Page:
There are six main types of pulse oximeters: 

  • Fingertip
  • Handheld
  • Benchtop
  • Phone-based
  • Wearable (e.g. watches)
  • Multimodal (e.g. integrated into other types of monitors)

References: Lifebox Pulse Oximetry Learning Module

Keywords: probe, screen, device 

Poor oximeter performance (i.e. either inaccurate or absence of a reading) during low perfusion is a known phenomenon in clinical and laboratory settings. If a patient is cold or has peripheral vasoconstriction and poor perfusion, the pulse oximeter may have difficulty detecting a good pulse signal on the fingertip. This affects some oximeters more than others. Some oximeters perform wandering readings while others may produce steady but inaccurate results. At present, there is no requirement by certifying bodies to test oximeter accuracy under controlled or standardized conditions of low perfusion. Nonetheless, some manufacturers and labs do this testing routinely. The OpenOximetry.org Project is working to publish these data in our database while developing and advocating for standards for performance during low perfusion.

References: Lifebox Pulse Oximetry Learning Module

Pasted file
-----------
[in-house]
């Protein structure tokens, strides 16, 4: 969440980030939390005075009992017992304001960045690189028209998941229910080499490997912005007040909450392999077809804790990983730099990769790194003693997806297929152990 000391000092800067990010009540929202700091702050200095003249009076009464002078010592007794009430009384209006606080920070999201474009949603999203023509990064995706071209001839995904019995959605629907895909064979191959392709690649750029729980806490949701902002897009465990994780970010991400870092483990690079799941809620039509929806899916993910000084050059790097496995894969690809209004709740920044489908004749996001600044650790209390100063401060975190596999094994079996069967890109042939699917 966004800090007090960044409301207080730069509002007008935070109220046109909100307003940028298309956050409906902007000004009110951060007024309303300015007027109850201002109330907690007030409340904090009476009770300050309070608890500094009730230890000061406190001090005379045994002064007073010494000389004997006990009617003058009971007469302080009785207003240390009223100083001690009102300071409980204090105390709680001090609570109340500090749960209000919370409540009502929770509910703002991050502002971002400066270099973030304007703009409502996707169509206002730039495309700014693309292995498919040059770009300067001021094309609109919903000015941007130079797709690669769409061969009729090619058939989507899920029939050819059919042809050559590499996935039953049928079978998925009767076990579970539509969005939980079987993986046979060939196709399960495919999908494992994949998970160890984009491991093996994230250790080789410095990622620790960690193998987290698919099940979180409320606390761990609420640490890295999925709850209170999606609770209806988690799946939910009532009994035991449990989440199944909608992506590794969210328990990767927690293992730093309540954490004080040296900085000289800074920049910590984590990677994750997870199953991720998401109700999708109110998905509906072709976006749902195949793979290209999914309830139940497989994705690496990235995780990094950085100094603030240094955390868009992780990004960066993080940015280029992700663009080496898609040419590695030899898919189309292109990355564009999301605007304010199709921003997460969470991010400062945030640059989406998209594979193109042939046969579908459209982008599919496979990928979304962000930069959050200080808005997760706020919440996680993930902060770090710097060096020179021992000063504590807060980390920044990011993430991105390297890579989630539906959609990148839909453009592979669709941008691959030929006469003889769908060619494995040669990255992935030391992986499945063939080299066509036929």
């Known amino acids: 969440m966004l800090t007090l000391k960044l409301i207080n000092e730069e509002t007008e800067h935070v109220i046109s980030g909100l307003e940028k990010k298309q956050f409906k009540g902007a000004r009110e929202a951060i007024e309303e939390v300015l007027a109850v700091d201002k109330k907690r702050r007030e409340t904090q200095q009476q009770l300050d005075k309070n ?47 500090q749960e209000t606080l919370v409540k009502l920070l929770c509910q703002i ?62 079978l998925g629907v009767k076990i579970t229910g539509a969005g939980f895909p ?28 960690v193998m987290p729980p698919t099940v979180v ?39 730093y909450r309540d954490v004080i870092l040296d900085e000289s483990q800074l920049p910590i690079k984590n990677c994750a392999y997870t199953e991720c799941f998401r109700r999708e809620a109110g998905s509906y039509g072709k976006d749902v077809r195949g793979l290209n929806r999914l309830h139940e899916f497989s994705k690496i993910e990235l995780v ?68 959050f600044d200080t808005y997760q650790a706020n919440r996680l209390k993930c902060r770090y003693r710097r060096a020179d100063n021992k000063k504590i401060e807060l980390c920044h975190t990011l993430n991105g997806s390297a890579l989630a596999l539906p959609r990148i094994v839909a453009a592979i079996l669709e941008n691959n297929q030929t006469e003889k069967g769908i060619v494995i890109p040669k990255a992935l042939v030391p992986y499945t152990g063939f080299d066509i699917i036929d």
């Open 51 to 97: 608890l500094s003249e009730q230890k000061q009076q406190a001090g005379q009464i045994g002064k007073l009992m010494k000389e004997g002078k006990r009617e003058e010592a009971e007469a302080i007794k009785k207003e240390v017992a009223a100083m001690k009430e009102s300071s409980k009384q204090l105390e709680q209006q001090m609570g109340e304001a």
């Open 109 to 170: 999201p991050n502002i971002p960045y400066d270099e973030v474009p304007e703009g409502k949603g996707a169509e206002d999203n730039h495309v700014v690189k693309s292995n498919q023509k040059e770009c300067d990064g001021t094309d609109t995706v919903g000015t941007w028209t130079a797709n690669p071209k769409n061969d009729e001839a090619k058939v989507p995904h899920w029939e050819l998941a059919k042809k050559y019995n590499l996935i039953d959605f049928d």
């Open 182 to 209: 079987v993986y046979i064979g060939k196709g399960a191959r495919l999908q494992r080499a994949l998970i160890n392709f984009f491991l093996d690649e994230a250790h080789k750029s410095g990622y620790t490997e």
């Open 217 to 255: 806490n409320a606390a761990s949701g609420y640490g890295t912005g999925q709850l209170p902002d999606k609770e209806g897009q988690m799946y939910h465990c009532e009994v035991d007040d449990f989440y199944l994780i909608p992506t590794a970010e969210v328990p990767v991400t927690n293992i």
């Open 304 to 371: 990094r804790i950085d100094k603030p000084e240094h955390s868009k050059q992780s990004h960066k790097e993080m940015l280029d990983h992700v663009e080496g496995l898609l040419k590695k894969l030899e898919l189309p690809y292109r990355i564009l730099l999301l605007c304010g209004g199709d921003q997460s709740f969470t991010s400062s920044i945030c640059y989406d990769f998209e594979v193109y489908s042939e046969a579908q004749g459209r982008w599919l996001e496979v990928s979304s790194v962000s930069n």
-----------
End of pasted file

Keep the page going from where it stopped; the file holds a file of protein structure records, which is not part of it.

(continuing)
Keywords: vasoconstriction, poor perfusion, cold

Different models of pulse oximeters will look slightly different and may have some variation, but many devices will operate in a similar way. The screen of the device will show a reading of the SpO2, the pulse rate, and often the waveform. 

  • If possible, first remove any nail polish and warm the hands if they are cold. 
  • Ensure that the probe is connected to the oximeter and that the device is charged. 
  • Power on the device, and then clip the probe onto the fingertip while keeping the patient’s hand still.  
  • After a few moments, the screen will display the SpO2. 
  • If the device shows a pleth, it is important to check that the waveform looks appropriate. 

Many pulse oximeters also have buttons which allow the user to control alarm volume, screen display, and turn the device on and off. Now, the patient can continue to be monitored and checked for signs and symptoms of hypoxemia. It is always important to follow the manufacturer’s instructions for use if these are available. Finally, if the device does not seem to be working, try to troubleshoot the issue.

References: Lifebox Pulse Oximetry Learning Module

Keywords: how to use, instructions